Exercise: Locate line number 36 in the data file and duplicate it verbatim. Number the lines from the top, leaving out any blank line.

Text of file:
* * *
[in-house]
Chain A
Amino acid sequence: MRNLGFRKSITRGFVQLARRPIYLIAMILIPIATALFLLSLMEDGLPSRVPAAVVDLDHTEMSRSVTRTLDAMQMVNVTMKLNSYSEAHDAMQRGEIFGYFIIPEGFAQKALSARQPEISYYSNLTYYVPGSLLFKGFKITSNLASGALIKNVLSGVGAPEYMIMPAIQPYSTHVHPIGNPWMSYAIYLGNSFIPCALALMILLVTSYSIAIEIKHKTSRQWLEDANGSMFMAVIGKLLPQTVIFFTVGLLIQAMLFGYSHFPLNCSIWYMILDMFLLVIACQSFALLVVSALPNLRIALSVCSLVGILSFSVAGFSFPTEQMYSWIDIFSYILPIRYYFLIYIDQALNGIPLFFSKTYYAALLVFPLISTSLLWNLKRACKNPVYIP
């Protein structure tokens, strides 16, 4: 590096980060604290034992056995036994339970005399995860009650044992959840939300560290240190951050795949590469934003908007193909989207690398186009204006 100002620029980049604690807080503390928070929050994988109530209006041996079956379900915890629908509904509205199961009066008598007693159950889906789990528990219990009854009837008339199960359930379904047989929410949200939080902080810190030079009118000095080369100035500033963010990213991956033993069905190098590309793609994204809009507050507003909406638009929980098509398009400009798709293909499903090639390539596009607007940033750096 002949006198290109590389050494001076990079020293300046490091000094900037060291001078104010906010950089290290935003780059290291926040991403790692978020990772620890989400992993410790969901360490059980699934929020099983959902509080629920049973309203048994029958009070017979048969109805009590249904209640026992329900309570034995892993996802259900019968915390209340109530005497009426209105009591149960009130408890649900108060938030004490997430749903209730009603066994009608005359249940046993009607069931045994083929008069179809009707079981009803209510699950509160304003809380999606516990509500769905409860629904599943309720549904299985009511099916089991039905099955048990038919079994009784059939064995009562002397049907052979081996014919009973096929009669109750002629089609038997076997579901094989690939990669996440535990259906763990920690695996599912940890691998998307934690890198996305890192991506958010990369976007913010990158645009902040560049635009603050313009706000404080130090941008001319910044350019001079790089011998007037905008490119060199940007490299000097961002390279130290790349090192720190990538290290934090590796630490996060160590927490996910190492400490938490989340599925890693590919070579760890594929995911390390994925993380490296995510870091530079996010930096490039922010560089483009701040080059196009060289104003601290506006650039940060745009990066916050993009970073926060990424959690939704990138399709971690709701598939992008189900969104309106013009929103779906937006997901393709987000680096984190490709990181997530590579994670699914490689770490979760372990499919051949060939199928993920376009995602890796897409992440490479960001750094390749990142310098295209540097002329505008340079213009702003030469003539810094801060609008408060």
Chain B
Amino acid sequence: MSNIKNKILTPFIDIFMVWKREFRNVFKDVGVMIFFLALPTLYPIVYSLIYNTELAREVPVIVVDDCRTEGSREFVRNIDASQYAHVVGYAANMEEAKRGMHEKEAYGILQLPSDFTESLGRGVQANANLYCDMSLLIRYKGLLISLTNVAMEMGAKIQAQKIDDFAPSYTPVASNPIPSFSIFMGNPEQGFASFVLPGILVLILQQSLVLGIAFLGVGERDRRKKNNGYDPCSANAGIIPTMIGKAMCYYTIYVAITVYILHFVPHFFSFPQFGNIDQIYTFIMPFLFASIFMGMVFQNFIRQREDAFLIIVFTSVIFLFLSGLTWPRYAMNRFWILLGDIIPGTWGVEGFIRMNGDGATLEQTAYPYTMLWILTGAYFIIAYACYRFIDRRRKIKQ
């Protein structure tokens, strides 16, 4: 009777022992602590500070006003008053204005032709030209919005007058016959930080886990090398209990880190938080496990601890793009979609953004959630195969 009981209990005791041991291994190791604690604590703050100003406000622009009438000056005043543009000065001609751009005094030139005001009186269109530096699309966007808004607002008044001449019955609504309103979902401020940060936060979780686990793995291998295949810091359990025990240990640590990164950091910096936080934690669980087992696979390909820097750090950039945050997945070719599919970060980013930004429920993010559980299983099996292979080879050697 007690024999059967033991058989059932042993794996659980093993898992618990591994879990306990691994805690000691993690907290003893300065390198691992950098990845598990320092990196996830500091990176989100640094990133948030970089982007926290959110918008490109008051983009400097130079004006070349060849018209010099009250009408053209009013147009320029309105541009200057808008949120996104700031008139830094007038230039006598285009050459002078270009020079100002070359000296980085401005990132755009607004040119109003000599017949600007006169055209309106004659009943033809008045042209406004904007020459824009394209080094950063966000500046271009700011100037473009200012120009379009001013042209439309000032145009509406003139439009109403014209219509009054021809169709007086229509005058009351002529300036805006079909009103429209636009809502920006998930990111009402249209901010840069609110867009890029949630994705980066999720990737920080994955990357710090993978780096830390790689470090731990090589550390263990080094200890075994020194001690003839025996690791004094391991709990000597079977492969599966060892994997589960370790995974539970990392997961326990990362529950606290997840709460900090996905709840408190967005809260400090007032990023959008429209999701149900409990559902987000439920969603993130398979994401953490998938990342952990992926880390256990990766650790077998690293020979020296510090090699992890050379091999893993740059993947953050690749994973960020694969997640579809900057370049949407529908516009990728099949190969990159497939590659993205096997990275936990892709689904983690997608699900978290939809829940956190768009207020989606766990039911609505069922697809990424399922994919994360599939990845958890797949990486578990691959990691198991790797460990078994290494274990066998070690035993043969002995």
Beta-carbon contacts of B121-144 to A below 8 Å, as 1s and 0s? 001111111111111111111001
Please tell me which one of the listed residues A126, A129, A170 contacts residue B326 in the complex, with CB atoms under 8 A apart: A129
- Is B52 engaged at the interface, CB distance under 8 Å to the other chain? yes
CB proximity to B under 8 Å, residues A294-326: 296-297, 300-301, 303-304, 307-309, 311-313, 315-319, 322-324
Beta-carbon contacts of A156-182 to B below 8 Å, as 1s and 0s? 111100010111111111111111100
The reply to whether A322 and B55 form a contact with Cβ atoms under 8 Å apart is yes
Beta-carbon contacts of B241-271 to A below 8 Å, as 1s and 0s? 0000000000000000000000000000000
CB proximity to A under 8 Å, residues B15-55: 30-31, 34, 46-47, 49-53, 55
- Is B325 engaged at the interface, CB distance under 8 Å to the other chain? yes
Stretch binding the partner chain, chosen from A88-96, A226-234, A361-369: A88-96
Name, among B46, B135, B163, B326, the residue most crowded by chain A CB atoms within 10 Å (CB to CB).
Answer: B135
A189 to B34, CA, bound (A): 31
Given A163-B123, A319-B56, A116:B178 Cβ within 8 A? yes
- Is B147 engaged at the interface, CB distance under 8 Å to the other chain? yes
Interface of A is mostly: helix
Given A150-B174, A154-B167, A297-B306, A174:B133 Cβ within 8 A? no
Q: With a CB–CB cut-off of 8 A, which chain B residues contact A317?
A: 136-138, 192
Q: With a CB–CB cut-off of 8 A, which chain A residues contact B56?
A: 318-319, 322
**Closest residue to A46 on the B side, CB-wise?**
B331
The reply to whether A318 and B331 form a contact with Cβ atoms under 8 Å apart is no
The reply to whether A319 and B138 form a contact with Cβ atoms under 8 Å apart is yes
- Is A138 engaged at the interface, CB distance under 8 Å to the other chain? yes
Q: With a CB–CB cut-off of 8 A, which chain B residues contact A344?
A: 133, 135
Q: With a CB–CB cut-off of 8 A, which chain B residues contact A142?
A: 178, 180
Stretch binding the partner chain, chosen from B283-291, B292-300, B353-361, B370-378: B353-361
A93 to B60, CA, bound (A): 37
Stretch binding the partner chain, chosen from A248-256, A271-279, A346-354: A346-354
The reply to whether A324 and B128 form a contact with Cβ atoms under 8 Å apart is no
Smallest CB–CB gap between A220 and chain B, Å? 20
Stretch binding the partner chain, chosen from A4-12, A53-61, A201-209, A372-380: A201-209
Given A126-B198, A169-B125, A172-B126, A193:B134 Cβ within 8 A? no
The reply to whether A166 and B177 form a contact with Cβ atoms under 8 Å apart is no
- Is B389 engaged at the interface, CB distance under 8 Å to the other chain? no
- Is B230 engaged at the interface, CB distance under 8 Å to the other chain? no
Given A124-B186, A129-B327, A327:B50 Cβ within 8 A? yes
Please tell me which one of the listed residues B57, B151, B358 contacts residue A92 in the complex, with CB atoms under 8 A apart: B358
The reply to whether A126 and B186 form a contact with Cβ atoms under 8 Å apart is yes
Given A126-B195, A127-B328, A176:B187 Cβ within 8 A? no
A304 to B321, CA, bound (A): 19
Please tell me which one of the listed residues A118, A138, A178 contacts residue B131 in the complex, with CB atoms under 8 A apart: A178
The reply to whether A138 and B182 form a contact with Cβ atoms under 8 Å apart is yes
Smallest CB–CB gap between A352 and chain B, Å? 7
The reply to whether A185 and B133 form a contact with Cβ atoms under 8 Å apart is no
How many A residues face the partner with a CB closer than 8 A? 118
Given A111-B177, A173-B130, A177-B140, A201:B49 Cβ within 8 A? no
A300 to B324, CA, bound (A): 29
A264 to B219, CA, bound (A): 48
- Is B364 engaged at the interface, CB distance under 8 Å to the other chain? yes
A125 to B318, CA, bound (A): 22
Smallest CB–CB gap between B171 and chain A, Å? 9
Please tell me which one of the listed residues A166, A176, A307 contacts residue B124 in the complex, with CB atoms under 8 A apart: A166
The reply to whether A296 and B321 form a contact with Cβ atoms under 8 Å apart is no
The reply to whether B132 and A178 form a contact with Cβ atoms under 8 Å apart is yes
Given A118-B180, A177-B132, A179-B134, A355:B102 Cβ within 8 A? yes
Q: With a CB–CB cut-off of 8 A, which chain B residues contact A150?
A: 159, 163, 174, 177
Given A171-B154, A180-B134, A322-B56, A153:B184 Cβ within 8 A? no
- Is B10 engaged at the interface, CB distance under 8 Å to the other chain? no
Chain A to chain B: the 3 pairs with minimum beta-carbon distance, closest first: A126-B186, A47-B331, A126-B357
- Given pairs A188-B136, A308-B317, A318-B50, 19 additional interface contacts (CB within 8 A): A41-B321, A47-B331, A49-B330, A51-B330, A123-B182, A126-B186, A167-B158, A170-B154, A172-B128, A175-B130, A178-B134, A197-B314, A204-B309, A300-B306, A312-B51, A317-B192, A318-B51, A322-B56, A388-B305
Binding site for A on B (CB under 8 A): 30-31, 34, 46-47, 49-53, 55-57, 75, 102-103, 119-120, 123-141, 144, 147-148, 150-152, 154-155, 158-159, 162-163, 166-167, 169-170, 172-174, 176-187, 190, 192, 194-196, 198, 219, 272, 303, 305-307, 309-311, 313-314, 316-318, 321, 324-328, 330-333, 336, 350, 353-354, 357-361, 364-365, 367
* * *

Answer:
Q: With a CB–CB cut-off of 8 A, which chain B residues contact A142?